Constructive artists are, given the current possibilities, the most social forces in the field, and have already recognized the untenability of political disciplines.  They are right, as far as that goes.  But beyond that point they too have strayed from the direct path; to the extent they have liberated themselves from the service of political movements, they have subjugated themselves to another yoke, that of utilitarian tendentiousness, by falling from the trap of political romanticism into the pit of technological romanticism.

For the benefit of the most rabid demagogues we would like to emphasize here that we are not speaking of l’art pour l’art — that is not what we want.  We want to give ourselves in art, as individual members of human society, as man, who envisions, registers, lives to the utmost the life of today.

The Constructivist movement has arrived at a crossroads at an earlier point in its history than any other art movement.  It faces two possibilities: either it will remain on its current course, in which case sooner or later it must drown in a sea of speculative, engineering dilettantism, or else it will find the way toward itself, becoming once more able to give pure expression to its creative nature.  Having renounced political alignments they must now renounce the practical mindset.  For just as there can be no artistic activity with the preordained purpose of political agitation, in the same way no art can be created with the utilitarian purpose of being lived in. Both viewpoints mistake the aim for the consequence.  Today’s art, by virtue of the creative individual’s nature tends to be constructive, therefore social, and architectonic, therefore realistically stable.

The manner in which the constructive and architectonic nature of the new art may and indeed must be utilized by society is not primarily the concern of the artist as creator.  This work is of a political nature and is expropriative.  Such expropriative work should not necessarily have to be done by the artist who, as the producer, has already paid his dues to society.  It would be utterly inane, for instance, to consider an apolitical person who has invented a method of mining that liberated a portion of humankind from having to descend into underground mines, as any less of a revolutionary, and a less useful human being than a representative in parliament or in a Soviet council.  If the improved mines continue to be possessed by capitalists, and the workers themselves continue as miserable beasts of burden, the responsibility for this rests on the shoulders of politicians, the expropriators who are incapable of expropriating extant values in the best interests of humankind.

In the course of the five-year revolutionary period we have had occasion to realize that the serious leaders of the workers’ movement must consider as their main task not the making of revolution but the consolidation of the results of revolution, the stabilization of its results and the resumption of production.  The era of destruction and putsches is over, replaced by communism, the new constructive ideal taking the leading role in the revolution.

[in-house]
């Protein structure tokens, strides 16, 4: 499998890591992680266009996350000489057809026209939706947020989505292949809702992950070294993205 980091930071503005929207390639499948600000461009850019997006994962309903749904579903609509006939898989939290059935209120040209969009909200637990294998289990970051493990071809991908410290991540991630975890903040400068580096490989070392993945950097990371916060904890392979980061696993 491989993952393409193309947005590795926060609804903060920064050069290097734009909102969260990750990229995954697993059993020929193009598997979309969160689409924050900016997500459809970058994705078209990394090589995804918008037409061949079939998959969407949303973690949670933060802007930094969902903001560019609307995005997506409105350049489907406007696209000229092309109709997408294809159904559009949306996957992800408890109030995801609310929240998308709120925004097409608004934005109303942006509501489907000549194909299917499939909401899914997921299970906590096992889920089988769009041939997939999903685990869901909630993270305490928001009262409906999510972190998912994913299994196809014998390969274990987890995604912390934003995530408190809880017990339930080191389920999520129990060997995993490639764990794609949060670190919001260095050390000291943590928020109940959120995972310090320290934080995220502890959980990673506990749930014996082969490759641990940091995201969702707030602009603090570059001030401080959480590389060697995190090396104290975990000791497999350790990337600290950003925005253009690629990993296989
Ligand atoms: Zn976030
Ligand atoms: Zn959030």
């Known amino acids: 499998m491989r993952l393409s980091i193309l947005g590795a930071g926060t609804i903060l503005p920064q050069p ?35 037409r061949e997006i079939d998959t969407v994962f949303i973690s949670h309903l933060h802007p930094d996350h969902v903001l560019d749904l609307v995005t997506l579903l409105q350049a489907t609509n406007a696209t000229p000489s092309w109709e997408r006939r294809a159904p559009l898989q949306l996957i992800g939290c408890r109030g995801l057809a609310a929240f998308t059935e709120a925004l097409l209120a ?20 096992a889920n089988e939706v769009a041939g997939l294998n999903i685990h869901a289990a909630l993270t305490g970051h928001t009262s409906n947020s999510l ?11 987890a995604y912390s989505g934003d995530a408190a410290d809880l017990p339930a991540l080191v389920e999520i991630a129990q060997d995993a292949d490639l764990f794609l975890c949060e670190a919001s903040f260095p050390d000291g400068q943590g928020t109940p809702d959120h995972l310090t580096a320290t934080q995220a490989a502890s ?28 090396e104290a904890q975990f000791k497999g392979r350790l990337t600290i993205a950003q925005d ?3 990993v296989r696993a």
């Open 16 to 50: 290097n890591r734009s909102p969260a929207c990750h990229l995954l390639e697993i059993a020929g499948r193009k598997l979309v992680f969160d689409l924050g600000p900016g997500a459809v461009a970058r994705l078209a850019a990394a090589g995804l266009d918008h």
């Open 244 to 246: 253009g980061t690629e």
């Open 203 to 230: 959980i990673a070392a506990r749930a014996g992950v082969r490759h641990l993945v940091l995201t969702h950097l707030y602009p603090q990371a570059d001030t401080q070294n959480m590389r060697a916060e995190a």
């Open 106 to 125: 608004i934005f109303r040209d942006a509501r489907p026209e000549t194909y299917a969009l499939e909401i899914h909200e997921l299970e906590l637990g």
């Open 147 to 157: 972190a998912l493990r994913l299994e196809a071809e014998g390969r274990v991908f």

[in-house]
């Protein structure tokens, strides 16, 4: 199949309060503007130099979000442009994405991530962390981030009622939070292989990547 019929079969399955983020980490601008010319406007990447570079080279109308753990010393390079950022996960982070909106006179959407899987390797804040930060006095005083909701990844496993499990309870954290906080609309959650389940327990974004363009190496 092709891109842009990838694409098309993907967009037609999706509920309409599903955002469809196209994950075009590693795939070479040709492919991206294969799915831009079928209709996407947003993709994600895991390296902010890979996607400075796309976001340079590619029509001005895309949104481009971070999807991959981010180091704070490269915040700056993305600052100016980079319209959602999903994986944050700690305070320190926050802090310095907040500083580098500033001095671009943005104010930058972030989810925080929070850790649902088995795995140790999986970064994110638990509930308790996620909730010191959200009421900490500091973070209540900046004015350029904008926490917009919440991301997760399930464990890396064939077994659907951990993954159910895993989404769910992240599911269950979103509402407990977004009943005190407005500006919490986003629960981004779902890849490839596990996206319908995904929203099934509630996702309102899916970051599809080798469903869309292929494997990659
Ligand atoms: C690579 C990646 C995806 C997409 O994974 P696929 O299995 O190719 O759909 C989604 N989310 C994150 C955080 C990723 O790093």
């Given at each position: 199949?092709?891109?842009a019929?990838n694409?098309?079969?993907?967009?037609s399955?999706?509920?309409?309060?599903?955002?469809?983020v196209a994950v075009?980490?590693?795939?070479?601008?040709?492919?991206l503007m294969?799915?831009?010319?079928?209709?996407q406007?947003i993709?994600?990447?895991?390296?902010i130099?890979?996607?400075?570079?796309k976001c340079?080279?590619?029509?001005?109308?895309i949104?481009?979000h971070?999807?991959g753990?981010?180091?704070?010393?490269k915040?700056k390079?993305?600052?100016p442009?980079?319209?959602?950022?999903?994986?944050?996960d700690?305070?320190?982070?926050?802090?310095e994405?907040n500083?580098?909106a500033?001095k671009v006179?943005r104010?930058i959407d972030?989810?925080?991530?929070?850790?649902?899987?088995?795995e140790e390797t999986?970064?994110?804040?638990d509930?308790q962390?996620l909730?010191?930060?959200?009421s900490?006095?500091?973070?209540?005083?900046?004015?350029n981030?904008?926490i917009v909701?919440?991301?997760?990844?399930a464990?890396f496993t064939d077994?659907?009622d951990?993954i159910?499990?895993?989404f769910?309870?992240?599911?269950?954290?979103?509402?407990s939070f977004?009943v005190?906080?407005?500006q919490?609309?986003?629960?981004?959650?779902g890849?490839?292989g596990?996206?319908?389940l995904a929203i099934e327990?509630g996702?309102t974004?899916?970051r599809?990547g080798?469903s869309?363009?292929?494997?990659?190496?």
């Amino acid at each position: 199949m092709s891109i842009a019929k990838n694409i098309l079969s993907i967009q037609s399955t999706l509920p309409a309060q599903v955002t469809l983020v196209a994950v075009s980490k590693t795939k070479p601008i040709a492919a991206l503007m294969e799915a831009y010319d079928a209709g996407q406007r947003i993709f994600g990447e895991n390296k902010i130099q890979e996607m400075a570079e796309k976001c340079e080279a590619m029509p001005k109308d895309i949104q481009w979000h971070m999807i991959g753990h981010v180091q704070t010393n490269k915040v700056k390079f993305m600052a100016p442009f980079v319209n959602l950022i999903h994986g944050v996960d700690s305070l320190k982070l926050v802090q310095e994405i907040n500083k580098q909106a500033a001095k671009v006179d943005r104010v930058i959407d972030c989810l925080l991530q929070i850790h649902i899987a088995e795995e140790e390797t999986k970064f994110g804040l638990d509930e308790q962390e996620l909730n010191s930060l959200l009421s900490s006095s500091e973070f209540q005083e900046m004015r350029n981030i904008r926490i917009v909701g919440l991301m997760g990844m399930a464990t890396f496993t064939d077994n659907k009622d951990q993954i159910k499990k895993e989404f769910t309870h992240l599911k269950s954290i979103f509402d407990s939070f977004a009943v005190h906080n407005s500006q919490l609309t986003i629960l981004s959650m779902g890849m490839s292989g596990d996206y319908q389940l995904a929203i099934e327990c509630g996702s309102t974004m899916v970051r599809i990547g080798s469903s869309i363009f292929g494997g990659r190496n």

The new slogan is specialize for the fight, in the fight.

In Russian cities special military schools have been established — but at the same time they have not forgotten “that village schools must first of all become specialized in the area of agricultural sciences.”

Today we are in the midst of a new preparatory stage of the revolution.

The next successes of the revolution are to be expected not in the realm of destruction but from the new constructive forces.

Politically and ethically the value of the working class lies in the extent to which it can create a new equilibrium for a disjointed, disoriented humankind.

The new art will prove its value by creating a new spiritual order for humanity.

The order of our lives has been disrupted; that is why everything hurts us and we hurt all over.

We want order.

We want the order of our own blood and spirit!

We know that everything depends upon us, individual human beings, who make up the masses.

We know that the time of empty speeches and threats daubed in red paint on the walls is over.

And that “we are rabble,” not “Thank God”!

We have recovered from the “childhood illnesses” of the revolution.

We want to build!

We need specialists!

Back to the workbench!

Engineers design time machines and open up the caverns of labor and misery!

Scientists, conquer the elements!

Artists, give form to the new human spirit!

Politicians, expropriate for us the possibilities of life!

[Originally published as “Vissza a kaptafához,” in Ma Vol. 9, No. 1 (September 15, 1923)]


~ by Ross Wolfe on October 21, 2010.